It has been some weeks since I first saw this bust, and, pathetic though it is, I am still star-struck. Charlotte sits on the wide window shelf at my kitchen sink, and I can't get enough of her. Her jewels and the detail on her dress are quite magical....unlike anything I have seen on a Staffordshire bust. I think the bust is circa 1800 because the soft green of the dress is an early color--after 1805 greens became harsher.
Queen Charlotte (1744-1818) was an amazing woman who gave birth to 15 children, 13 of whom survived to adulthood. Interestingly, speculation runs rife that she was black, making her Britain's only black monarch. Some argue that Charlotte descended from African ancestors. Yet more historians doubt this theory, pointing out that the nine-generation distance between Charlotte and her supposedly black ancestor (a Portuguese noblewoman said to have descended from an African woman in the thirteenth century) is just too big a stretch.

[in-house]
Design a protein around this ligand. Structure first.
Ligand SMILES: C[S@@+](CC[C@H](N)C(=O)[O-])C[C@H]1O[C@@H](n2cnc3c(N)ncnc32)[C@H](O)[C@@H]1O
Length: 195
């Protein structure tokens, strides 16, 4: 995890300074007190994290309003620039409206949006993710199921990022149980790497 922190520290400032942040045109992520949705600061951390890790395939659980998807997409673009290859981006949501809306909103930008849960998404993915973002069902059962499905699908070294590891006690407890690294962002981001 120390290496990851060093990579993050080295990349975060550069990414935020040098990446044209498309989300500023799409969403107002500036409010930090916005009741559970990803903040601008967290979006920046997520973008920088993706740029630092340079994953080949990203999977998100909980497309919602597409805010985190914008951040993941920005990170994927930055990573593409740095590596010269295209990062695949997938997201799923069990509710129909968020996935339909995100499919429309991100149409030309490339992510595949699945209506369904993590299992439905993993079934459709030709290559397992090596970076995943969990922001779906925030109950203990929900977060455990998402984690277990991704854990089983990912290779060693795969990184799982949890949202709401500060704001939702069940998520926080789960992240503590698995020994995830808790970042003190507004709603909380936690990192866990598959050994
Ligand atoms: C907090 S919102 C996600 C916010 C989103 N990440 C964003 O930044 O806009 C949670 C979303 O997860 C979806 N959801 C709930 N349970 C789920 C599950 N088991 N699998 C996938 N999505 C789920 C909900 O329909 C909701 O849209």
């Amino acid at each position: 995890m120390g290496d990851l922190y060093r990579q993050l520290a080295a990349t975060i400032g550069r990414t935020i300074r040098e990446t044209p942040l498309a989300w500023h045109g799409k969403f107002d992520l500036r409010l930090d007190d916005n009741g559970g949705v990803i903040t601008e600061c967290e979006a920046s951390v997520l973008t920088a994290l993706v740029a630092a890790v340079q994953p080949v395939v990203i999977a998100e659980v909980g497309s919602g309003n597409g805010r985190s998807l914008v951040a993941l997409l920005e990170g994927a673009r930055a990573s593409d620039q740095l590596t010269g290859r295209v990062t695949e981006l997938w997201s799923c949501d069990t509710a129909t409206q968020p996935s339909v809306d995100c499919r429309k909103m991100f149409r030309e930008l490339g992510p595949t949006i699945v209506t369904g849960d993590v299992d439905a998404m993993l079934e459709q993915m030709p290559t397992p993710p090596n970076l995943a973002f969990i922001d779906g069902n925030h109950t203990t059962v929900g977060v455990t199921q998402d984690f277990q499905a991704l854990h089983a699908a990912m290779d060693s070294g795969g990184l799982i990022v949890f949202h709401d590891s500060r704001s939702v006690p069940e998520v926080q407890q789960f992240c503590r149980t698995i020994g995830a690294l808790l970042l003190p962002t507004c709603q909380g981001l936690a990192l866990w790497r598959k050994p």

Sir Allan Ramsay did most of the paintings of Queen Charlotte, and Ramsay's paintings suggest that the queen may have been of African descent. But perhaps Ramsay had an alternate agenda. He was one of the leading anti-slavery intellectuals of his time, and his grand-niece was black (Dido Elizabeth Lindsay, the black niece of Lord Mansfield). None of the contemporary caricatures of the queen suggest she was anything other than lily white, and caricaturists of that day would have had a field day if the queen's appearance suggested of African descent. Add to this, if Charlotte was indeed of black ancestry, why did not one of her too-many children exhibited even a trace of it?
Whatever Charlotte's ethnicity, the Staffordshire bust that adorns my window ledge is quite glorious, and that's how I shall always think of this queen. After all, she was the last queen of America....unless you think either Oprah Winfrey or Hillary Clinton has since earned that title!